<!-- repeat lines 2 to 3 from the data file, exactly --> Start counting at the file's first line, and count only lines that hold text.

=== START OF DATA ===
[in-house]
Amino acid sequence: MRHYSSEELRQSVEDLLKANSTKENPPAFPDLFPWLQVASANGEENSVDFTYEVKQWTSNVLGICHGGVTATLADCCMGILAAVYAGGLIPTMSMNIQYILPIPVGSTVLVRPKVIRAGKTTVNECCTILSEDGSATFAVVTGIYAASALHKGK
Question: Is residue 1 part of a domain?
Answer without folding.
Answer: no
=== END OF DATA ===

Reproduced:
Amino acid sequence: MRHYSSEELRQSVEDLLKANSTKENPPAFPDLFPWLQVASANGEENSVDFTYEVKQWTSNVLGICHGGVTATLADCCMGILAAVYAGGLIPTMSMNIQYILPIPVGSTVLVRPKVIRAGKTTVNECCTILSEDGSATFAVVTGIYAASALHKGK
Question: Is residue 1 part of a domain?